Publications listed below are automatically derived from MEDLINE/PubMed and other sources, which might result in incorrect or missing publications. Faculty can login to make corrections and additions.
    List All   |   Timeline
    1. Kong KL, Burgess B, Morris KS, Re T, Hull HR, Sullivan DK, Paluch RA. Association Between Added Sugars from Infant Formulas and Rapid Weight Gain in US Infants and Toddlers. J Nutr. 2021 Apr 20. PMID: 33880550.
      View in: PubMed
    2. Kong KL, Fazzino TL, Rohde KM, Morris KS. The Prevalence of Hyperpalatable Baby Foods and Exposure During Infancy: A Preliminary Investigation. Front Psychol. 2021; 12:614607. PMID: 33927666.
      View in: PubMed
    3. Kong KL, Burgess B, Morris KS, Faith MS, Paluch RA. High intake of added sugars is linked to rapid weight gain in infancy, breastfeeding for at least 12 months may protect against this: A preliminary investigation. Pediatr Obes. 2021; 3(16).
    4. Burgess B, Morris KS, Faith MS, Paluch RA, Kong KL. (In press). Added sugars mediate the relation between pre-pregnancy BMI and infant rapid weight gain: a preliminary investigation. Int J Obes. 2021.
    5. Button A, Faith MS, Paluch RA, Kong KL. (In press). The interplay between pre-pregnancy BMI, infant negative temperament and slowness in eating on infant rapid weight gain. Child Obes. 2021.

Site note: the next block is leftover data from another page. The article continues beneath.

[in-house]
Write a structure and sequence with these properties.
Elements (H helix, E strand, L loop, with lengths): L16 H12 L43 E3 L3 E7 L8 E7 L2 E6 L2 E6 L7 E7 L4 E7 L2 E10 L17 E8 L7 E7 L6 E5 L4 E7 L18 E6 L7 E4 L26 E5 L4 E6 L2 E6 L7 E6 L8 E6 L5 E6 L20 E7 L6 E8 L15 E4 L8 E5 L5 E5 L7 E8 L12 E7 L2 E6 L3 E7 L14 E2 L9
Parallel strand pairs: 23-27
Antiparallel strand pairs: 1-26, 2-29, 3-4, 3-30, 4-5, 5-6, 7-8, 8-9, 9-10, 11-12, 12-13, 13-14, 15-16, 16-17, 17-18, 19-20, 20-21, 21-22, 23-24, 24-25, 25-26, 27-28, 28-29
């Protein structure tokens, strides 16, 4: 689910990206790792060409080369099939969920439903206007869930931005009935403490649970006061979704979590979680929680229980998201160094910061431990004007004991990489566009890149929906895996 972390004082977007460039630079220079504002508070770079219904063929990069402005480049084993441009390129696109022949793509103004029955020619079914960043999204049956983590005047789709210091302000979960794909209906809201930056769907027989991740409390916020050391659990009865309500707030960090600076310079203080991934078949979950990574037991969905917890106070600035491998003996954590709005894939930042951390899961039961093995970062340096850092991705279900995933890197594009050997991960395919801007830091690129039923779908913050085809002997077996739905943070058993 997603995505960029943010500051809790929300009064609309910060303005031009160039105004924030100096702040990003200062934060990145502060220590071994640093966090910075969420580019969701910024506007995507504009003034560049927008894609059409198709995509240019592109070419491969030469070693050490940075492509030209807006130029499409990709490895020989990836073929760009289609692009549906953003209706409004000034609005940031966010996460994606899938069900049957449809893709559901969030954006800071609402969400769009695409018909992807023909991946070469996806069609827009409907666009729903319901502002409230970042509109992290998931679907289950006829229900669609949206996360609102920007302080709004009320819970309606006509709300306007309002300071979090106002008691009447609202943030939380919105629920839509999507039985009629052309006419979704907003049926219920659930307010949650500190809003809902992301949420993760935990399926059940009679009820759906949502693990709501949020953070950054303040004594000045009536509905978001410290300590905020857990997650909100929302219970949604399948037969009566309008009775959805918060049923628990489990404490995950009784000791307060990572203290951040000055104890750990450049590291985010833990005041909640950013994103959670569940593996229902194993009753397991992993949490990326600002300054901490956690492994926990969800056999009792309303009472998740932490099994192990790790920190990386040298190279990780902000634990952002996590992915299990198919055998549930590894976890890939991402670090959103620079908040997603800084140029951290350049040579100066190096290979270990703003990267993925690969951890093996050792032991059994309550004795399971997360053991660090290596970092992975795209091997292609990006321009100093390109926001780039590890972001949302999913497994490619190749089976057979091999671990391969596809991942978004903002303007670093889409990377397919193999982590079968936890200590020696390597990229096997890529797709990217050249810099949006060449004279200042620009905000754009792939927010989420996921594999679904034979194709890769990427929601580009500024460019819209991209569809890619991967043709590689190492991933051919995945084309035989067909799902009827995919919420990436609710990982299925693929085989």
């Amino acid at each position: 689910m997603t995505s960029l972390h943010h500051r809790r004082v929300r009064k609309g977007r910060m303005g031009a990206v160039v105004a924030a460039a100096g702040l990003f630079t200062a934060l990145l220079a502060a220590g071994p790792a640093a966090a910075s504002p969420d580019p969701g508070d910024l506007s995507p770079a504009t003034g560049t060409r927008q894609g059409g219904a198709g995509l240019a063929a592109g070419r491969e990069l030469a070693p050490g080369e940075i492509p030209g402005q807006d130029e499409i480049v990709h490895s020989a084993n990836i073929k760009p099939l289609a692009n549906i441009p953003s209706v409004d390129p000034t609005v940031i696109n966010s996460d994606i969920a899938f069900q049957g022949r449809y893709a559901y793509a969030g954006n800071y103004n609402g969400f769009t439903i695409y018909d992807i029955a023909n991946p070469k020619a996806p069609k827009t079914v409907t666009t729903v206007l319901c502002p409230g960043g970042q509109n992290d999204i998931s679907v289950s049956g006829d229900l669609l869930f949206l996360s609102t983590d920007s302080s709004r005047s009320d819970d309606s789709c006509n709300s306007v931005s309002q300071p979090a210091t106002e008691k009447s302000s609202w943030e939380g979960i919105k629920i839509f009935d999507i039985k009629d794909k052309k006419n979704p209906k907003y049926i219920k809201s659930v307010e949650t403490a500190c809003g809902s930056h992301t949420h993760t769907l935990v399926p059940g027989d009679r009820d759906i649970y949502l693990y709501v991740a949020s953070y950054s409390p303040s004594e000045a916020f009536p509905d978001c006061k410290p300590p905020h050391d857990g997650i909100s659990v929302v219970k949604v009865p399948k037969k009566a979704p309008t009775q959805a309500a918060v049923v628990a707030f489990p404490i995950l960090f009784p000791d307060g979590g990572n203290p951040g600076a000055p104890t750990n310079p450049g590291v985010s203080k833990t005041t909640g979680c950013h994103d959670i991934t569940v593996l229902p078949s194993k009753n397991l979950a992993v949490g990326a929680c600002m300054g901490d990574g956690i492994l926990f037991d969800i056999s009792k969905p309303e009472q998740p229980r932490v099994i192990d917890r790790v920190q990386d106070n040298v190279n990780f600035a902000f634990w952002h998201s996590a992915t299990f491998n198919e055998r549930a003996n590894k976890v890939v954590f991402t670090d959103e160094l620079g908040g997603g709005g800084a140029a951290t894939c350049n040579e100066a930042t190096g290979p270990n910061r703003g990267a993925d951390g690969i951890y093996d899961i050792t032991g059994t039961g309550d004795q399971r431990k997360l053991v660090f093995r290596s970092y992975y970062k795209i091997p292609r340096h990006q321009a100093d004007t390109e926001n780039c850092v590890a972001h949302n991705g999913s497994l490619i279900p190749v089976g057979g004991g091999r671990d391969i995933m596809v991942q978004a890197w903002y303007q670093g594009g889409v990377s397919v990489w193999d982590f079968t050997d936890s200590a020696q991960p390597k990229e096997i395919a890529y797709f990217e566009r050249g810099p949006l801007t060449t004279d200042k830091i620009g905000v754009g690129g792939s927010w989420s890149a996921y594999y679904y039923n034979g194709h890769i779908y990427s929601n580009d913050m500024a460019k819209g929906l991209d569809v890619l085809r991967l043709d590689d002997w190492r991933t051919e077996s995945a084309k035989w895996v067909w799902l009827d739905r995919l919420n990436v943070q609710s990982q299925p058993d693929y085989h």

6. Kong KL, Anzman-Frasca S, Epstein LH, Eiden RD, Paluch RA. Infants with big appetites: The role of a nonfood environment on infant appetitive traits linked to obesity. Am J Clin Nutr. 2020 10 01; 112(4):948-955. PMID: 32652028.
      View in: PubMed
    7. Attai P, Szabat J, Anzman-Frasca S, Kong KL. Associations between Parental and Child Screen Time and Quality of the Home Environment: A Preliminary Investigation. Int J Environ Res Public Health. 2020 08 27; 17(17). PMID: 32867027.
      View in: PubMed
    8. Savell M, Eiden RD, Kong KL, Tauriello S, Epstein L, Fabiano G, Reardon K, Anzman-Frasca S. Development of a measure of the relative reinforcing value of food versus parent-child interaction for young children. Appetite. 2020 10 01; 153:104731. PMID: 32417301.
      View in: PubMed